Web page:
“Church services of Burial Vespers and Lamentations. I missed the Royal Hours services but read them later. I was struck by how many types there are in the Bible of the silver that Jesus was sold for: the silver paid to Joseph’s brothers for selling him into slavery, the warning of Zachariah (Zach 11:10-13), the prophecy of Jeremiah (quoted somewhere in Matt 27:1-56), and of course in the gospel stories themselves. A part of the Third Hour service nicely parallels the quote about Judas I copied yesterday:
‘When thou wast led to the Cross, O Lord, thou didst say, “For what act do ye wish, O Jews, to crucify me? Is it because I have strengthened your cripples? Is it because I raised your dead as from the sleep, healed the woman of her issue of blood, and showed mercy upon the Canaanitish woman? For what act, O ye Jews, desire ye my death?” But ye shall behold him who ye pierced, O law-transgressors, and know that he is Christ’ (501).
“In case we think that Judas and the Jews are to blame for the shedding of the innocent blood of Jesus instead of ourselves, the following Epistle reading (Rom 5:6-10) reminds us otherwise:
‘Brethren, while we were still weak, at the right time Christ died for the ungodly. Why, one will hardly die for a righteous man – though perhaps for a good man one will dare even to die. But God shows his love for us in that while we were yet sinners Christ died for us’ (503).
“We who are saved by God are not to number ourselves with the ‘good man’ who would not crucify Christ, but with Judas and the Jews. On the other hand, a frank plea is addressed to those who swear by the laws in the Torah and are among God’s chosen tribe:
‘Do not err, O Jews; for it is he who saved you in the sea and nourished you in the wilderness. He is the Life, the Light, and the Peace of the world’ (512).
“Jumping back to the motif of betraying the innocent God, a quote from the Ninth Hour:
‘When the lawless nailed thee upon the Cross, O Lord of glory, thou didst cry unto them, “Wherein have I angered you? And who before me delivered you from sorrow? And now wherewith do ye reward me? Instead of goodness, evil; for the pillar of fire, ye nailed me on the Cross; for the clouds, ye dug me a grave; instead of water, ye gave me vinegar to drink. I will henceforth call the Gentiles, and they shall glorify me with the Father and the Holy Spirit’ (525).
“I am still confused about the Christian notion of judgment as expressed in Heb 10:19-31: if the law is designed to trip us up and show us that we are sinners, how are we then expected to ‘sin no more’ even after hearing the law of Christ [A study of God’s recurring mercy towards Israel in the Bible – forgiveness being the cornerstone of love – went a long way to helping diffuse this earlier confusion of mine]?
“On to the Burial Vespers service. Here ends the paralleling of the Exodus and Job stories that began in the Orthos services earlier in the week. God shows himself to be a friend of Moses and restores Job’s lost fortune twofold. Both remained faithful to God in their tribulations (cf. entry on [Monday]). The gospel story told during this service strangely cycled through passages from the different gospels. We stayed at church for only half of the Lamentations service. I was intrigued to discover that Eve, Mary, and the Church are intertwined symbols:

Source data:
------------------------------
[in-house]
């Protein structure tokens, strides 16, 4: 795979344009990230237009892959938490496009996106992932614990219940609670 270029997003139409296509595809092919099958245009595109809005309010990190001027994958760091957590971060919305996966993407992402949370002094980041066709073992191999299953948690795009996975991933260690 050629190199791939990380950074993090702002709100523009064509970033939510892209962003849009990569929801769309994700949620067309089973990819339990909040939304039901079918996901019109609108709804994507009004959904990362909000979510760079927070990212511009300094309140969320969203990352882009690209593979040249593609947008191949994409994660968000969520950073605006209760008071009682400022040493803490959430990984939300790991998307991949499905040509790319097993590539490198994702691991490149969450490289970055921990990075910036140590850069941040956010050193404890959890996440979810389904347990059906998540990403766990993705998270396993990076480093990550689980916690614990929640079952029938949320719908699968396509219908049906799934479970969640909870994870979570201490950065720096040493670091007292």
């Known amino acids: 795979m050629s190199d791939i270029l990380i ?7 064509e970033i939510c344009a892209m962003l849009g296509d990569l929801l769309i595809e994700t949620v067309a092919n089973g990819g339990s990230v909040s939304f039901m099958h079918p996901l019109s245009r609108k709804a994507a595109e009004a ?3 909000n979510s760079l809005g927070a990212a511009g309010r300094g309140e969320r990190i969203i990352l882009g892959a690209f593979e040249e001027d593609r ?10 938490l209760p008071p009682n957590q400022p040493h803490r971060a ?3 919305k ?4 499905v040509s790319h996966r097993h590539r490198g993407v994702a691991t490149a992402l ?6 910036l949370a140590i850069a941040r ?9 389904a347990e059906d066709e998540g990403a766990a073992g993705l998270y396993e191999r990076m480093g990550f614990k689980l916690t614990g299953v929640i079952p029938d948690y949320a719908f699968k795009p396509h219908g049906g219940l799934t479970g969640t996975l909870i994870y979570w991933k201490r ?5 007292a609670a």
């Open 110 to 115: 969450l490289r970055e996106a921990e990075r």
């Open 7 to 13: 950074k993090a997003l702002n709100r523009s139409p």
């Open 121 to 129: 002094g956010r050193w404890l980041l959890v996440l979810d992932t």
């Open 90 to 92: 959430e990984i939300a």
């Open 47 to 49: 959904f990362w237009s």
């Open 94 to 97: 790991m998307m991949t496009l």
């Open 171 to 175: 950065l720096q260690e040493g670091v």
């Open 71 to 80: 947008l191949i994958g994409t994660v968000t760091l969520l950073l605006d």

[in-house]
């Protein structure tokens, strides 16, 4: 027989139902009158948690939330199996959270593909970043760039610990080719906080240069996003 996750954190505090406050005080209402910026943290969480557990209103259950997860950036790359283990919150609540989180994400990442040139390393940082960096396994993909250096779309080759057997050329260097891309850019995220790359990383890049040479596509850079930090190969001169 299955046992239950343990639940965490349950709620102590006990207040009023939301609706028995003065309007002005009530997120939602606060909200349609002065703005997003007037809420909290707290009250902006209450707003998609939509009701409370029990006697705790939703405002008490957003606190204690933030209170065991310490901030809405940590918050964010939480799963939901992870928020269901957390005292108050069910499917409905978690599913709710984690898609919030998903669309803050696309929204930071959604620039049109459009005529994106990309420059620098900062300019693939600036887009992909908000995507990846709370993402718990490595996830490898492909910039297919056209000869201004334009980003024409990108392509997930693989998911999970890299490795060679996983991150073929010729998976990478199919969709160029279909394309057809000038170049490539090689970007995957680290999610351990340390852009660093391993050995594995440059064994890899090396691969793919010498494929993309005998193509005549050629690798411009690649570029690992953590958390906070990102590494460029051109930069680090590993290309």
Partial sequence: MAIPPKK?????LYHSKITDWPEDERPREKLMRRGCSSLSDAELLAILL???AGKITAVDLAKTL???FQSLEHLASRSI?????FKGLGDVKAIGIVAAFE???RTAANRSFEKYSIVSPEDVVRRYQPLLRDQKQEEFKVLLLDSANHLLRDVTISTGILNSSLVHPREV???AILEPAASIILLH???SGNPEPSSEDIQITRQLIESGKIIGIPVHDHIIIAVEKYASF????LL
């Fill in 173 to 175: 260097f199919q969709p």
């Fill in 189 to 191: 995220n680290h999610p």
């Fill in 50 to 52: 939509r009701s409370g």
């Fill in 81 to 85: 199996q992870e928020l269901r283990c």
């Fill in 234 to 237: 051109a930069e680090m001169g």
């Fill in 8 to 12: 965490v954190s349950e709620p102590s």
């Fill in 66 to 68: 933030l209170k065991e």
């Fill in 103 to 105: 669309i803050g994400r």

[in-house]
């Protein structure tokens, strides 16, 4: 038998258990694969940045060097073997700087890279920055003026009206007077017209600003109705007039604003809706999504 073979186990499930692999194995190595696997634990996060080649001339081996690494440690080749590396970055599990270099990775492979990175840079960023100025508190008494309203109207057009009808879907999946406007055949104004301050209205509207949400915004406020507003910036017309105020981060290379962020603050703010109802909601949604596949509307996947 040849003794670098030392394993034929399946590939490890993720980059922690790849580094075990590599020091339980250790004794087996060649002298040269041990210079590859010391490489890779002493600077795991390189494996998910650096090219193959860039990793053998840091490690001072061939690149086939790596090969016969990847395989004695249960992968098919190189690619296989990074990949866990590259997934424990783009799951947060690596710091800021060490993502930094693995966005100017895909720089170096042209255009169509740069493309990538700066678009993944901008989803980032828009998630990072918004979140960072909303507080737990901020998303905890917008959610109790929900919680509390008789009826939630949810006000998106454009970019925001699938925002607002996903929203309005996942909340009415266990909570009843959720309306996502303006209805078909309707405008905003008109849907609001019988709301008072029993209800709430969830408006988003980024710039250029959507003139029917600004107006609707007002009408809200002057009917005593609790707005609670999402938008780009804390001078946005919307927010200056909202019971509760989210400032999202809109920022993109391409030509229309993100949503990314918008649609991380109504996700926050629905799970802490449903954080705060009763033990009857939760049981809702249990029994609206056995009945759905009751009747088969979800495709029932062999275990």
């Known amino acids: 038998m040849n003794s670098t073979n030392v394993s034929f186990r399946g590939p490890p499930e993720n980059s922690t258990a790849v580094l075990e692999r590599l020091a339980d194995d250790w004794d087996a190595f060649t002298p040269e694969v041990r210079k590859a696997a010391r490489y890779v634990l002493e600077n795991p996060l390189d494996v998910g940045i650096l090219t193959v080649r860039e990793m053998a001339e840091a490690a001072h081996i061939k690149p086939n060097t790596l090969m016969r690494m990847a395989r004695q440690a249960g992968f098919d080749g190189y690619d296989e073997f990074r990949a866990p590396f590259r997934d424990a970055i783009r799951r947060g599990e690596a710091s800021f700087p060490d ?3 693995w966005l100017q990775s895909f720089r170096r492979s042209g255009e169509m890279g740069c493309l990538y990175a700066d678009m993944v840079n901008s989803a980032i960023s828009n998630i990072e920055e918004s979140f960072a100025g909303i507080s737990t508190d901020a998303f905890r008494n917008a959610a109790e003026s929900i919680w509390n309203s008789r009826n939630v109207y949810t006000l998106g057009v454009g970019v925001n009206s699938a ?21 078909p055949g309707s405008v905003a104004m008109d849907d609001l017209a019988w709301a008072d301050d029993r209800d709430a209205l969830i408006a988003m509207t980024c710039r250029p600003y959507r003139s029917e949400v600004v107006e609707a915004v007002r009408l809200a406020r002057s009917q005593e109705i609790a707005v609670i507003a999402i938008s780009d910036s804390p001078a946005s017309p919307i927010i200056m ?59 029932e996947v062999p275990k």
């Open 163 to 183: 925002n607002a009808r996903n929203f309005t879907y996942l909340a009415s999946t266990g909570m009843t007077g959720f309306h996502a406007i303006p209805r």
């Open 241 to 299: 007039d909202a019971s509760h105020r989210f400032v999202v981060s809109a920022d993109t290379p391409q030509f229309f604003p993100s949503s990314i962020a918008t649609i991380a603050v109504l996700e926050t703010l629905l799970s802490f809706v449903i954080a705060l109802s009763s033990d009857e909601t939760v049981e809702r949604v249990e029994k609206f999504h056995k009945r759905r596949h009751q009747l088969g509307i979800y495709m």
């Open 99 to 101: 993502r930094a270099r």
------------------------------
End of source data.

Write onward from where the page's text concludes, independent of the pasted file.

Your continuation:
‘Thou didst come from a Virgin who knew no travail. Thy side, O my Creator, was pierced with a spear, by which thou didst accomplish the re-creation of Eve, having thyself become Adam. Supernaturally thou didst fall into a sleep that renewed nature, raising life from sleep and corruption; for thou art Almighty’ (586).
“Christ’s days in the tomb are likened to the Sabbath (588-89) – a good argument why the Sabbath should be observed on Saturday rather than on Sunday!? [An argument flatly refuted later on in the Paschal Orthos service on Sunday, p. 724]. The three stases of lamentations are unlike anything I have heard in any other church service: I felt uncomfortable and out of place hearing them sung at church. I do not know why. Jumping back to the motif of Christ addressing his accusers, here is one more beautiful passage:
‘Oh, how the assembly of the law-transgressors condemned to death the King of creation, not being ashamed nor abased by his benevolences, of which he had assured them formerly, calling them to their remembrance, saying, “My people, what have I done to thee? Have I not showered Judaism with wonders? Have I not raised the dead by only a word? Have I not healed every sickness and every weakness? With what, then, hast thou rewarded me? For healing, thou hast inflicted wounds upon me; and for raising the dead, thou dost cause me, the benevolent, to die suspended upon a Tree as an evil-doer; the Giver of the Law, as a law-transgressor; and the King of all, as one who is condemned.” Wherefore, O long-suffering Lord, glory to thee’ (545).
This post has been very late in coming (Holy Week – and Bright Week which follows – have passed), but I decided to complete the series anyway. Here it is, from my journal of last year:
“I missed the service of the Twelve Passion Gospels but read it anyway in the service book. The Vesperal Liturgy readings followed the story of Moses and Job, emphasizing their steadfastness with the Lord and the Lord’s faithfulness to them. The gospel readings describe the betrayal of Jesus. The service of the Twelve Passion Gospels is fittingly named: the gospel readings are about the Passion. I remembered a few passages from the service:
‘What caused thee, O Judas, to betray the Saviour? Did he set thee aside from the Disciples? Did he deny thee the gift of healing? Did he eat with the others and send thee away from the table? Did he wash the feet of the rest and then pass thee by? How much goodness hast thou forgotten? Yea, thine unpraiseworthy mind hath been exposed. But his incalculable long-suffering which is beyond all measure and his great mercies are proclaimed with praise’ (435-436).
“That passage emphasizes how ungratefulness is a betrayal of God, while the following text delves into the biblical imagery of the tree: